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Bonchek v. Nicolet Unified School District

United States District Court, E.D. Wisconsin

December 23, 2019

MARK S. BONCHEK, Plaintiff,
v.
NICOLET UNIFIED SCHOOL DISTRICT, NICOLET HIGH SCHOOL, ESTATE OF DAVID R. JOHNSON, ORREN J. BRADLEY, GERALD T. HAIG, ESTATE OF WILLIAM M. HUEGEL, MYRA TAXMAN, WILLIAM R. HEISER, ROBERT STRAUSS, ESTATE OF JAMES O. REIELS, and JOHN DOES 1-100, Defendants.

          ORDER

          J.P. Stadtmueller U.S. District Judge

         1. INTRODUCTION

         The plaintiff in this case, Mark S. Bonchek (“Bonchek”), was sexually abused by a teacher at Nicolet High School (“Nicolet”) while he was a student there in the 1980s. He has suffered from psychological trauma for most of his adult life, stemming both from the abuse and from an alleged scheme by the school and its officials to cover up for the teacher who abused him. In this lawsuit, Bonchek brings claims against the abusive teacher, David R. Johnson (“Johnson”), who is deceased, Nicolet, the Nicolet Unified School District (the “District”), several people who were members of the Nicolet School Board (the “Board”) during the 1980s, and John Doe employees of Nicolet who knew or should have known about Johnson's abuse of young boys.

         On August 12, 2019, all defendants who had, at that time, appeared in the case-Nicolet, the District, and four former Board members, Orren J. Bradley (“Bradley”), Gerald T. Haig (“Haig”), William R. Heiser (“Heiser”), and Robert Strauss (“Strauss”)-filed a motion to dismiss Bonchek's amended complaint. (Docket #18). That motion is fully briefed and ripe for adjudication. For the reasons explained below, it will be granted. Two claims against Johnson's estate will be dismissed without prejudice for failure to serve, and two contract-based claims will be dismissed without prejudice for failure to plead compliance with Wisconsin's notice of claim statute. All other claims will be dismissed with prejudice.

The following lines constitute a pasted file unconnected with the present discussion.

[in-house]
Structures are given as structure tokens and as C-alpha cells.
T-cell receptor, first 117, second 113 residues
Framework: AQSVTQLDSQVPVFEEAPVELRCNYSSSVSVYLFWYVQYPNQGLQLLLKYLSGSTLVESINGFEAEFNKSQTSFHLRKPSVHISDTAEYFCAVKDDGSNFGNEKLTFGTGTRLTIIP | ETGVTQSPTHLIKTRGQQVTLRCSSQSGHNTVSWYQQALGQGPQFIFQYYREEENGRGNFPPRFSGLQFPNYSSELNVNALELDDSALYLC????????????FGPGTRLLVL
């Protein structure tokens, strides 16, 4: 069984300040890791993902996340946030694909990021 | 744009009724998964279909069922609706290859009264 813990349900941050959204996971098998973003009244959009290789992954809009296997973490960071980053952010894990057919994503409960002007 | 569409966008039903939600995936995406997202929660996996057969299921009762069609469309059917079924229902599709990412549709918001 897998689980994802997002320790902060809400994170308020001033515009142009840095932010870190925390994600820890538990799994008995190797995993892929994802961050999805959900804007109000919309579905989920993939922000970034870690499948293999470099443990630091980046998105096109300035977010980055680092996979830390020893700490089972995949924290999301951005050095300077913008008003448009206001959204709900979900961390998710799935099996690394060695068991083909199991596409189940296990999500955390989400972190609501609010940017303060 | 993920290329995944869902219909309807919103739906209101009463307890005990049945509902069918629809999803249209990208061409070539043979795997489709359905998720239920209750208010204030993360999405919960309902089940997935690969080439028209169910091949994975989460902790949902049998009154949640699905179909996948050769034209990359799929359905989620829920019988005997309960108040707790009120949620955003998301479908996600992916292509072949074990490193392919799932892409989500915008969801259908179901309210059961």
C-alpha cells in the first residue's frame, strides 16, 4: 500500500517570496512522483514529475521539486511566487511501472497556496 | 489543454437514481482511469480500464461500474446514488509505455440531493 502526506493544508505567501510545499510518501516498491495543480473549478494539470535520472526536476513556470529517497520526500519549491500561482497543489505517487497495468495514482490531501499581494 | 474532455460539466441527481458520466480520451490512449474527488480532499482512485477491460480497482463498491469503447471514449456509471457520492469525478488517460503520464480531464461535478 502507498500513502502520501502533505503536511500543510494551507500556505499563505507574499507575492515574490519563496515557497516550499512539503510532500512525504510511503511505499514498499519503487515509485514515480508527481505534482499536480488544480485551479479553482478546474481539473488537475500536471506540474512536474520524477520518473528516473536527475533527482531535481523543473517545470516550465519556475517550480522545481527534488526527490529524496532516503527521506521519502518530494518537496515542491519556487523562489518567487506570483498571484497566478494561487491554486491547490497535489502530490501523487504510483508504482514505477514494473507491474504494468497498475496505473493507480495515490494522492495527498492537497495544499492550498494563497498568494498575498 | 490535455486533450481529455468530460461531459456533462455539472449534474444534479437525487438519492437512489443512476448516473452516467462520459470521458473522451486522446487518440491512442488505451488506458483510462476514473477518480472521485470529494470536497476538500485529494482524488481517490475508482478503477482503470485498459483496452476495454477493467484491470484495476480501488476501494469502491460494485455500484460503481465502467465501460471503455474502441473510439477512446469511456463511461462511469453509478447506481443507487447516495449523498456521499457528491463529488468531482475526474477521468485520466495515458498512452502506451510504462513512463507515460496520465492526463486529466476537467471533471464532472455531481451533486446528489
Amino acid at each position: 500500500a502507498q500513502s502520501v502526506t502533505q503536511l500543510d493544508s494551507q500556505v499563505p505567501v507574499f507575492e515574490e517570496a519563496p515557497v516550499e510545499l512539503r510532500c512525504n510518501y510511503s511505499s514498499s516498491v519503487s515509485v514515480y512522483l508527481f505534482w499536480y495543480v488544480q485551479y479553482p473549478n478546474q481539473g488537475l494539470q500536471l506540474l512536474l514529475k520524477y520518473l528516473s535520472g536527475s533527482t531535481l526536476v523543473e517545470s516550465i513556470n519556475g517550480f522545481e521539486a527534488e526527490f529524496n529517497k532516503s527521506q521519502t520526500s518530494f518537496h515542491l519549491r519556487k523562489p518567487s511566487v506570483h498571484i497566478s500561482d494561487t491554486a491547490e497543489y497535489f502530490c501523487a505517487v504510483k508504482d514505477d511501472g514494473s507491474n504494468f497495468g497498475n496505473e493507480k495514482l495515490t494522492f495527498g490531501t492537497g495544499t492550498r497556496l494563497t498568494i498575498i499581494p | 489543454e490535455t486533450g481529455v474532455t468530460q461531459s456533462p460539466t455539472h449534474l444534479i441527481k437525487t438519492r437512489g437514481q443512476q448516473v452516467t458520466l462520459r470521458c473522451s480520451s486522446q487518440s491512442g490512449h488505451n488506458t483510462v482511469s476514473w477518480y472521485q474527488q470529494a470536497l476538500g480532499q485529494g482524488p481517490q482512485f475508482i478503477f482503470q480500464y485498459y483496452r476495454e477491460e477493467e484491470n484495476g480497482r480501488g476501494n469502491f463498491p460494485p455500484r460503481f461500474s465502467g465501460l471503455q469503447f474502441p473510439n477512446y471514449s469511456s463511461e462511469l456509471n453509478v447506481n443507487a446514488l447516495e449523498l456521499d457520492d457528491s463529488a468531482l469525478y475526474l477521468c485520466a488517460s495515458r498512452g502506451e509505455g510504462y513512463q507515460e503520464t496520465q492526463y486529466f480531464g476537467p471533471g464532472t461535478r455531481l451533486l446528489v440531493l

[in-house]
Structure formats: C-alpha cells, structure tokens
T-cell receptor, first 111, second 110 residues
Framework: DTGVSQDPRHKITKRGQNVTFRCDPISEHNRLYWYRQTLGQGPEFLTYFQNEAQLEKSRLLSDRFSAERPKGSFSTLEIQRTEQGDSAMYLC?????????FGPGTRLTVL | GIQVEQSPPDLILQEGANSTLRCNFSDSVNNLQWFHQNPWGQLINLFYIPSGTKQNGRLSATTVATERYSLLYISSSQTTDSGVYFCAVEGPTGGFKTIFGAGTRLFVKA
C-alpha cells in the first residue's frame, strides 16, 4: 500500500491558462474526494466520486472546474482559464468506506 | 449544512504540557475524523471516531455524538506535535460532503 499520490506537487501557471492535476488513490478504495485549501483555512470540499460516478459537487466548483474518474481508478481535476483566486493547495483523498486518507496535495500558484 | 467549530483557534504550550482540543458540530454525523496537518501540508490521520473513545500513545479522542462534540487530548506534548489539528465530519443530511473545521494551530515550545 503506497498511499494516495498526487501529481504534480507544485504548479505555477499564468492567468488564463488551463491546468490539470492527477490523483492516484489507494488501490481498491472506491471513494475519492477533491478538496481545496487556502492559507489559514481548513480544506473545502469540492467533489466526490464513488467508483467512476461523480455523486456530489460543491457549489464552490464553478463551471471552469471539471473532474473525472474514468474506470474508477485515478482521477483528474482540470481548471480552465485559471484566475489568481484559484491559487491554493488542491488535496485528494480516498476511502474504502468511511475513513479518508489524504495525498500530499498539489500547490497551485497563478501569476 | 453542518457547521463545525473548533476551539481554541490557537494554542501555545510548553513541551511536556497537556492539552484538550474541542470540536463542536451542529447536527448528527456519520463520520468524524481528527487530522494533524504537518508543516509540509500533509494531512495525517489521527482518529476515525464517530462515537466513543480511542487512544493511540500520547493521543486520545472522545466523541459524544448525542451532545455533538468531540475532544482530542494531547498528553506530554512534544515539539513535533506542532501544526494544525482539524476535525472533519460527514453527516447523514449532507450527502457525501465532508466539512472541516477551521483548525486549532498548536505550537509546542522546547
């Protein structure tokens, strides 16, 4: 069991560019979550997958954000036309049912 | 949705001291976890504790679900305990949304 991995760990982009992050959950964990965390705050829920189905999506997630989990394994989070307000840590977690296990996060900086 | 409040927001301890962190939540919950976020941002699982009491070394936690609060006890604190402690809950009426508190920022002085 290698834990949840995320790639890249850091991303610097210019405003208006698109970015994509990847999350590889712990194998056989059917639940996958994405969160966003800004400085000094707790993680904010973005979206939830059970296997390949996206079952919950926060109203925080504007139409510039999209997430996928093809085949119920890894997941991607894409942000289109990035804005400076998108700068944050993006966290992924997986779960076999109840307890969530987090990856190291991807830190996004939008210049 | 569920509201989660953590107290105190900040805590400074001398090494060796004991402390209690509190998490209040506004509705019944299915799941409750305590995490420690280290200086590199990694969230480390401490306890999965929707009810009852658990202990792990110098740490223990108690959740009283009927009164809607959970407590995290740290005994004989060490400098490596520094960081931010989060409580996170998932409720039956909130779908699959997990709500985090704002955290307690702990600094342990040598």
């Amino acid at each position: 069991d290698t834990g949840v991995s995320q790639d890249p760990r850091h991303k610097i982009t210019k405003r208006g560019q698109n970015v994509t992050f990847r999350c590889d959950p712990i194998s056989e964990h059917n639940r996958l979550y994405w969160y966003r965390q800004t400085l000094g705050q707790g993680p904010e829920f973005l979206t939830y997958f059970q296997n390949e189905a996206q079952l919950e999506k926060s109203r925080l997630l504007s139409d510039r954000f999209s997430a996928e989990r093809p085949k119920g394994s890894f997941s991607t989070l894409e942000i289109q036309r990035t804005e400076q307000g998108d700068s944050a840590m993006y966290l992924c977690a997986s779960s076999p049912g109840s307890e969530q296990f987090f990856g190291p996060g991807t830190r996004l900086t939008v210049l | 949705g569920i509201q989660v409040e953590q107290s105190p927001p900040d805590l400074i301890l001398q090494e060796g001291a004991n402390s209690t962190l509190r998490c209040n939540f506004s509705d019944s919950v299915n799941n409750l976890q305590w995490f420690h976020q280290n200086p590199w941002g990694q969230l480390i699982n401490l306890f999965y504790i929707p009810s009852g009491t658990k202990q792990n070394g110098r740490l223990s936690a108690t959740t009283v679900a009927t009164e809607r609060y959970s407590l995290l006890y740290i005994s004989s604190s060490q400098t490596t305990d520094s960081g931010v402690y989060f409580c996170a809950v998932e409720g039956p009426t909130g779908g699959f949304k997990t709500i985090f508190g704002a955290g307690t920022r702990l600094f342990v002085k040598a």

2. STANDARD OF REVIEW

         The defendants seek dismissal of the amended complaint pursuant to Federal Rule of Civil Procedure 12(b)(6) for failure to state a viable claim for relief. Fed.R.Civ.P. 12(b)(6). To state a viable claim, a complaint must provide “a short and plain statement of the claim showing that the pleader is entitled to relief.” Fed.R.Civ.P. 8(a)(2). In other words, the complaint must give “fair notice of what the . . . claim is and the grounds upon which it rests.” Bell Atl. Corp. v. Twombly, 550 U.S. 544, 555 (2007) (citation omitted).